7. Despite working for CHCCS, many teachers and staff can’t afford to live in Chapel Hill or Carrboro. What role should the school district have in ensuring that affordable housing is available for its workforce?

I strongly support community partnerships to explore options to provide school employee housing. The key challenge for CHCCS is the limited site options for school expansion. We have explored the Lincoln Center campus as an option and need additional funding to continue to understand how to make this work. 

8. Recently, groups of parents with students in North Carolina public schools have mounted efforts to ban certain books from school classrooms and libraries. How should school boards handle these efforts? 

We can learn from the history of banning books. School boards should continue to support access to learning and avoid bans on books. 

9. Do police officers (School Resource Officers) have a role in schools? Please explain your answer.  

How do we ensure that all students and staff feel and are socially, emotionally, and physically safe? If we were creating school communities from scratch, what roles would we prioritize to maximize safety of our students, staff, and visitors? 

There is a model which considers the roles police play in optimizing security in schools and allocates other resources to maximize safety. That could look like:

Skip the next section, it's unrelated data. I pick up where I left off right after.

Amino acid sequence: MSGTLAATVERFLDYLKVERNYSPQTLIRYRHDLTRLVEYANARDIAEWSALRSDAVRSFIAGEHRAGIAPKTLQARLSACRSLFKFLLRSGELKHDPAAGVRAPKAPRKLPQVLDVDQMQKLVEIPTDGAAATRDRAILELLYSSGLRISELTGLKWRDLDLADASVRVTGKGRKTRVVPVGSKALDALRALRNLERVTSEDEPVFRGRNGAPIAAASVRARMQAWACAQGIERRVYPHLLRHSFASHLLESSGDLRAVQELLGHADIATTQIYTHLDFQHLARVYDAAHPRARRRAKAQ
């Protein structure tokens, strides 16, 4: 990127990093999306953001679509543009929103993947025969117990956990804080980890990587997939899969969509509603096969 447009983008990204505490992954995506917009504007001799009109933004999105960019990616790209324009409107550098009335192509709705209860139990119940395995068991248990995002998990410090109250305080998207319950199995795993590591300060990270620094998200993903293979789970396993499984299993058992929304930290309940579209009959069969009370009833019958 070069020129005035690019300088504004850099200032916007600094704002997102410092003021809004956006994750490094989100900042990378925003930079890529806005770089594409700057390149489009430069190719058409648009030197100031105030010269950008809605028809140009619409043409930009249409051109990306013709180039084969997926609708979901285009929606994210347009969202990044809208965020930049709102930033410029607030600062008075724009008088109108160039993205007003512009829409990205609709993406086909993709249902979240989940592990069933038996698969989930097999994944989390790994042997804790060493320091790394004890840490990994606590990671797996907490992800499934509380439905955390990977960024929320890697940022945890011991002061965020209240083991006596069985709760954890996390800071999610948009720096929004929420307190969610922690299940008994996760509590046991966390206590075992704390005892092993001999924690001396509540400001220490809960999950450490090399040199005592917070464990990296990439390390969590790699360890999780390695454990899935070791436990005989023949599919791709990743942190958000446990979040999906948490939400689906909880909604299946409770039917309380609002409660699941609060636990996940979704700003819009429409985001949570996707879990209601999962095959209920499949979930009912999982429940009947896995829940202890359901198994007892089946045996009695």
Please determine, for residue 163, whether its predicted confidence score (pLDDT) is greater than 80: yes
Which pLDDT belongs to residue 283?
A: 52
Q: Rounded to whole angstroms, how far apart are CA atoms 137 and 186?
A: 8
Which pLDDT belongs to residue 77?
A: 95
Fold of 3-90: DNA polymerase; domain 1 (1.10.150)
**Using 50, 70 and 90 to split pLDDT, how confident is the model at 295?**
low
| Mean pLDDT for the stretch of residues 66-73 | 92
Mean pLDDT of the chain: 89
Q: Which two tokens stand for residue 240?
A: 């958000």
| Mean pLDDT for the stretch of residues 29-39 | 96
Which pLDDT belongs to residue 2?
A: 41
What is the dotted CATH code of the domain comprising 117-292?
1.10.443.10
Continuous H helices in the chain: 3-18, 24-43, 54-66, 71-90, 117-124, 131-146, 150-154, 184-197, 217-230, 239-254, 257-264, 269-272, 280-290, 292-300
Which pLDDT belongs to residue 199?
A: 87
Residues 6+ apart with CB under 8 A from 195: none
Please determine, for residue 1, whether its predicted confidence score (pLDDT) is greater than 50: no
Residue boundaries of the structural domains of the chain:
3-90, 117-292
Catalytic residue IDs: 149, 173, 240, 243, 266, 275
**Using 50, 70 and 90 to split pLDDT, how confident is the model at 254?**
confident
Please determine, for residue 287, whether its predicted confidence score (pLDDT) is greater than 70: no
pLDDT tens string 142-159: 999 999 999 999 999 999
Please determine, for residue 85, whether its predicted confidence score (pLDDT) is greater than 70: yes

• Leveraging School Resource Officers (SRO’s) outside of our school buildings in alternative ways such as frequent patrols, police officer assistance with traffic (if needed) at the beginning and end of school, and periodic officer safety presentations. 
  • Allocate funding to behavioral, socio-emotional and mental health resources in schools
  • Partner with police to request police staff training include Professional Development on child development, equity and other areas to inform how they engage with young community members within and outside schools 

10. CHCCS was able to hire drivers for all bus routes this academic year, but, as with other school districts in the state, it has had a hard time filling transportation vacancies in the past. What steps should the district take to ensure that there are enough bus drivers for all routes in order to get students to school on time going forward?  

  • Continue to offer competitive salaries for bus drivers
  • Seek opportunities to leverage other staff who can drive buses
  • Assess opportunities to maximize efficiency in transportation across the district